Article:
Yes, I believe that “continuous effort is the key to unlocking our potential.” If you are judicious with the decisions you make then you may be able to unlock that potential faster. It might be very hectic to keep on trying and not give up, but it’s all for the best. If you aren’t used to working a lot then you will have to adapt which might take awhile. You will need to resolve on what you like the most so you can work on it more. You will feel very triumphant when you accomplish your resolution. People might just start to envy you later. The more you ponder the more ideas you will get. But don’t make this an obsession because you don’t want it to take over your life. You might even find something mysterious. So be determined and don’t give up. (Unit 7)

This summer and through this year things have happened that have made me more aware of my life. Two of my best friends met their demise this summer in a car accident around the time I was getting my license. I was so devastated by their deaths that it diminished my desire to drive anymore. There have been 5 more gruesome accidents this year that make me sensitive to driving conservatively. Kids need to make sure that they do not exceed the speed limit and always wear their seat belts. There can be traumatic consequences when you don’t obey the driving laws. When I drive I am very careful. I can’t see how my dad is so tranquil when I’m driving. (Unit 12)

In her first writing assignment, when asked to describe a unique person, Linda used simple sentence structure and produced a piece with minimal cohesion. By the midpoint of the course, when asked to agree or disagree with a quote, she used more complex sentences, and she was able to include several of the vocabulary words. She also used more transition words, which improved the coherence of her text, although her overall organization was still weak. Toward the end of the course, in a reflection, she began to show some comfort in using the vocabulary to make the transition from “sentences of thought” to “passages of thought” (Shaughnessy, 1977).

Writing is an invaluable tool for providing students with opportunities to improve their expressive vocabulary. What teachers using our intervention find most challenging about it, though, is the minimal emphasis that our instruction places on writing itself. However, when teachers see that even the most reluctant writers can be motivated if focus remains on vocabulary use, they become more comfortable with using writing without providing explicit writing instruction.

Also helping to ease teachers’ concerns about the need to work on writing is an activity called Improving Sentences. Ten sentences containing incorrect usage of vocabulary words -- patterned after the kinds of errors we had observed students make during vocabulary acquisition -- are part of each unit. Teachers and students examine each of the sentences and discuss ways in which to revise and improve them.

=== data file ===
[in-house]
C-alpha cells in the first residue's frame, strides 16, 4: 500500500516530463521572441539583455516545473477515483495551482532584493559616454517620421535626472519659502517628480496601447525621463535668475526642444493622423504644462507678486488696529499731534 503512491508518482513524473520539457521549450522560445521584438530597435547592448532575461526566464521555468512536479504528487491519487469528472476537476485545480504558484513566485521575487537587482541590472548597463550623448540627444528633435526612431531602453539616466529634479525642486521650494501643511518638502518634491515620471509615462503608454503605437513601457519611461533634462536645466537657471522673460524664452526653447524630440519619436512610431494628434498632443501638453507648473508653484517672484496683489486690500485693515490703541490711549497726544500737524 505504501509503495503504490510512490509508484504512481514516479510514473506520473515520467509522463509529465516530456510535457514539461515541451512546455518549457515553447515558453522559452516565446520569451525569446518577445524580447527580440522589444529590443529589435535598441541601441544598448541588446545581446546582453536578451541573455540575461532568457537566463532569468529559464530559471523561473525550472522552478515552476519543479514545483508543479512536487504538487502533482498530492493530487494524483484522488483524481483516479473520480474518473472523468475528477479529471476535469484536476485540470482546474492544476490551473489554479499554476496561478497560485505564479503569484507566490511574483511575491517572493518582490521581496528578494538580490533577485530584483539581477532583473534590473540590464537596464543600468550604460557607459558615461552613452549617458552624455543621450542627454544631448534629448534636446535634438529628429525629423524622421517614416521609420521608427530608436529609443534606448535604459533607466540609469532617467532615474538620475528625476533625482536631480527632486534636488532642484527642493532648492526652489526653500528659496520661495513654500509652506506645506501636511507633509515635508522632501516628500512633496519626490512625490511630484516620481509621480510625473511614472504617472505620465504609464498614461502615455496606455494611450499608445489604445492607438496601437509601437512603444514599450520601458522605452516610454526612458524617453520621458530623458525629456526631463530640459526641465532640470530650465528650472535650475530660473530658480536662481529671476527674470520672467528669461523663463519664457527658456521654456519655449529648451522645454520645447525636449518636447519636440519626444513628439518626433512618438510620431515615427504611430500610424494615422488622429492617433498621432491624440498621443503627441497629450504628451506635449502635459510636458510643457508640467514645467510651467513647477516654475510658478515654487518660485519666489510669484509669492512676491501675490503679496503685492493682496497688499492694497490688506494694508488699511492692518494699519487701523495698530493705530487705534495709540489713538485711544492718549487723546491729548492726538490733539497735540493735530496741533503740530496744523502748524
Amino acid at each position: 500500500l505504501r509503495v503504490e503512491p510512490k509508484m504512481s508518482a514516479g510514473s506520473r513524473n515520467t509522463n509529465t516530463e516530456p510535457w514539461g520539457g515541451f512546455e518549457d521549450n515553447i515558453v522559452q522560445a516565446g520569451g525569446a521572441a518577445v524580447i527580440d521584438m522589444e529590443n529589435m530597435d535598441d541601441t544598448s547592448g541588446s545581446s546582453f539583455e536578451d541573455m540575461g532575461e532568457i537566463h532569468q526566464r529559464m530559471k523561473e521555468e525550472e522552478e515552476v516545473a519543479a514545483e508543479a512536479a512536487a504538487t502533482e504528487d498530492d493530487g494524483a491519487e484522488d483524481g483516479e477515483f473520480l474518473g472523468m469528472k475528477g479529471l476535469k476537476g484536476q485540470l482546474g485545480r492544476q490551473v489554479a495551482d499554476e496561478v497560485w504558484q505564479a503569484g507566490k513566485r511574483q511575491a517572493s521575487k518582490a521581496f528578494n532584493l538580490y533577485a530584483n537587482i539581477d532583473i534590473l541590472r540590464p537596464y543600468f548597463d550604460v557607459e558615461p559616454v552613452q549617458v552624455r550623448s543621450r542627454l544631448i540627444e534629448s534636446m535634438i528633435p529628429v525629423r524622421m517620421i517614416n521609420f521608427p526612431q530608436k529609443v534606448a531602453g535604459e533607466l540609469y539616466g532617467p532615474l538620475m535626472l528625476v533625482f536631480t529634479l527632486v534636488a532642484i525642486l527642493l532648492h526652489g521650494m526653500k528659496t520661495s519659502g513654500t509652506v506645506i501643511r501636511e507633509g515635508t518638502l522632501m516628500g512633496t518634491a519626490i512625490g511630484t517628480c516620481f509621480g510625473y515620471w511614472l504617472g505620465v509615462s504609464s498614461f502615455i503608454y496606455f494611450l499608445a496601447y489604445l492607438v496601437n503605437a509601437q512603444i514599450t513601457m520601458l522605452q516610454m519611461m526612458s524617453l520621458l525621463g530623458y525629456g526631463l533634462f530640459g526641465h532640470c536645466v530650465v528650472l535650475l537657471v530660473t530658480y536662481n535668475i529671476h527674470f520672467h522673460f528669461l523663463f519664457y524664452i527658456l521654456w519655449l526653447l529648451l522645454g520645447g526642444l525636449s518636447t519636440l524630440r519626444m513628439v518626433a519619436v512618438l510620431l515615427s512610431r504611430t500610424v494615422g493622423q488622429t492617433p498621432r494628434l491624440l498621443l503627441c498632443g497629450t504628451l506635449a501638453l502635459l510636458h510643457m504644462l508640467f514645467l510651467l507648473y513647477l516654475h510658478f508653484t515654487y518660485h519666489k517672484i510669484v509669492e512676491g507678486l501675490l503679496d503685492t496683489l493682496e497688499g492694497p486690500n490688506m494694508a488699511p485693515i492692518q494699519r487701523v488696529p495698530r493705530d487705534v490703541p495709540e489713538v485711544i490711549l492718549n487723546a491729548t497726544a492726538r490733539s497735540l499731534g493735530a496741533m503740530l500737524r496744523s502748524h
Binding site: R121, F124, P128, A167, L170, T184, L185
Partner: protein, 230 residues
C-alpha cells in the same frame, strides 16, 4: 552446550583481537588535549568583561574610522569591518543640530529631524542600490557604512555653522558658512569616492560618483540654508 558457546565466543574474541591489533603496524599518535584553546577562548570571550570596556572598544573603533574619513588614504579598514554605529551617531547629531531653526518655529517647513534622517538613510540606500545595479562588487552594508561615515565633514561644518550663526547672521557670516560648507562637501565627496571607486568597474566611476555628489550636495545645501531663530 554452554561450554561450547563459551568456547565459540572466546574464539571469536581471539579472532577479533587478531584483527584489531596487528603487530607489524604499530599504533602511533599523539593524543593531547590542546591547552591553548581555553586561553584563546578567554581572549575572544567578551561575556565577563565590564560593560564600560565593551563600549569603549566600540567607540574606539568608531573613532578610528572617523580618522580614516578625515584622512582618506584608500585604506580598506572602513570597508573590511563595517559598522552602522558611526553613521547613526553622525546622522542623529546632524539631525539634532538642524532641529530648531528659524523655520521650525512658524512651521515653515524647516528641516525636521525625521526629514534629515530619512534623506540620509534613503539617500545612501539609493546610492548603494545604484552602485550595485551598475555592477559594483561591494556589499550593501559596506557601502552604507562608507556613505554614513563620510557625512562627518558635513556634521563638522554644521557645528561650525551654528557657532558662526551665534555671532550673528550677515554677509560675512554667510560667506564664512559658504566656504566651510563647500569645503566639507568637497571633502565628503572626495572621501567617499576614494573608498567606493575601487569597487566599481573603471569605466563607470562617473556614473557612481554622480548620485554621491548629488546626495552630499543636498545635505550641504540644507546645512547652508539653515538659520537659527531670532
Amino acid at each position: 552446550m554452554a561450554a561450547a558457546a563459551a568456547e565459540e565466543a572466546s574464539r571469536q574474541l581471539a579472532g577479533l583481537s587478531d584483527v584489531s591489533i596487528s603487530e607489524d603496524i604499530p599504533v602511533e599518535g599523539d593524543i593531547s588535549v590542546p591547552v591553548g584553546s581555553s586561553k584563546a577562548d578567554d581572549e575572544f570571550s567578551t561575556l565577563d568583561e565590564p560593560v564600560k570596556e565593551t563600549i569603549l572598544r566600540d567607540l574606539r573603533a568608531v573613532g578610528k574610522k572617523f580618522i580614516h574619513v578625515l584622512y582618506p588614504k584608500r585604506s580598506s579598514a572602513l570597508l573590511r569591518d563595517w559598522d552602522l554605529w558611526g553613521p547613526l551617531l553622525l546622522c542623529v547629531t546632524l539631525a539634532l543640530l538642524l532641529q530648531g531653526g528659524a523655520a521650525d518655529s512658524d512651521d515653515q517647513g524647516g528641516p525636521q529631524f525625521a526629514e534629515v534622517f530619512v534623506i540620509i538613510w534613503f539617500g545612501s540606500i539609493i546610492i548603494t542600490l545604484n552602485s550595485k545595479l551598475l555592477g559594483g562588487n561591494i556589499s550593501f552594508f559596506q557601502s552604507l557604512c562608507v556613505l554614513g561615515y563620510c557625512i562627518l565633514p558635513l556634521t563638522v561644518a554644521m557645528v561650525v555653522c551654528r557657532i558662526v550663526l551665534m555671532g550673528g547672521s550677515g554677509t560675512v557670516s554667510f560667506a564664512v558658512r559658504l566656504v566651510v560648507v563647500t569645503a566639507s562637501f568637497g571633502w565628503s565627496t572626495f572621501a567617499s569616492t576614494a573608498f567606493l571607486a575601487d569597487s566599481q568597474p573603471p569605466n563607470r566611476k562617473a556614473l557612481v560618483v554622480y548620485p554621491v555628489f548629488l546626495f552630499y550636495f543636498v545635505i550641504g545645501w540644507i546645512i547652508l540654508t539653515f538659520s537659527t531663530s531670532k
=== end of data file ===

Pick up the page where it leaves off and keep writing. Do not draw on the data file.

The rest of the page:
Games are still another way in which teachers provide students with opportunities to use their words in active and generative ways. Board games such as Taboo, Password, Jeopardy, and Scattergories were customized with the course vocabulary words. Teachers design their own games as well, with one of the students’ favorites becoming known as The Conversation Game.

Provide ongoing assessment and communication about progress. From our experience in teaching students with reading and related learning difficulties, we knew the benefits of helping them see their progress on a frequent and regular basis. We therefore incorporated several curriculum-based and standardized test measurements into the course to serve that purpose.

Students take multiple-choice pre- and post-tests for each unit in the vocabulary intervention. For the pretest, teachers explain that the purpose is to establish what students already know and what they need to learn about the meanings of the words in the unit. Students complete the test on their own, without assistance. Pretest scores are then used by the teacher and students to make decisions about the instructional goals and activities for the unit: Low pretest scores indicate the need to focus on instruction designed to increase students’ Stage 3 knowledge of the words; high pretest scores indicate that emphasis should be placed on moving the words from Stage 3 to Stage 4.

In our experience, students’ average scores on the weekly pretest range from 30 to 60 percent correct. When students have low pretest scores (i.e., many words below Stage 3), teachers place particular emphasis on improving their performance on tasks designed to expand knowledge of word meanings (e.g., completion activity, the sentence and paragraph clozes, and read and respond). When students have high pretest scores (i.e., many words at Stage 3 and above), teachers focus on tasks that emphasize word relationships (e.g., Yes/No/Why and analogies) and precision in word use (e.g., writing).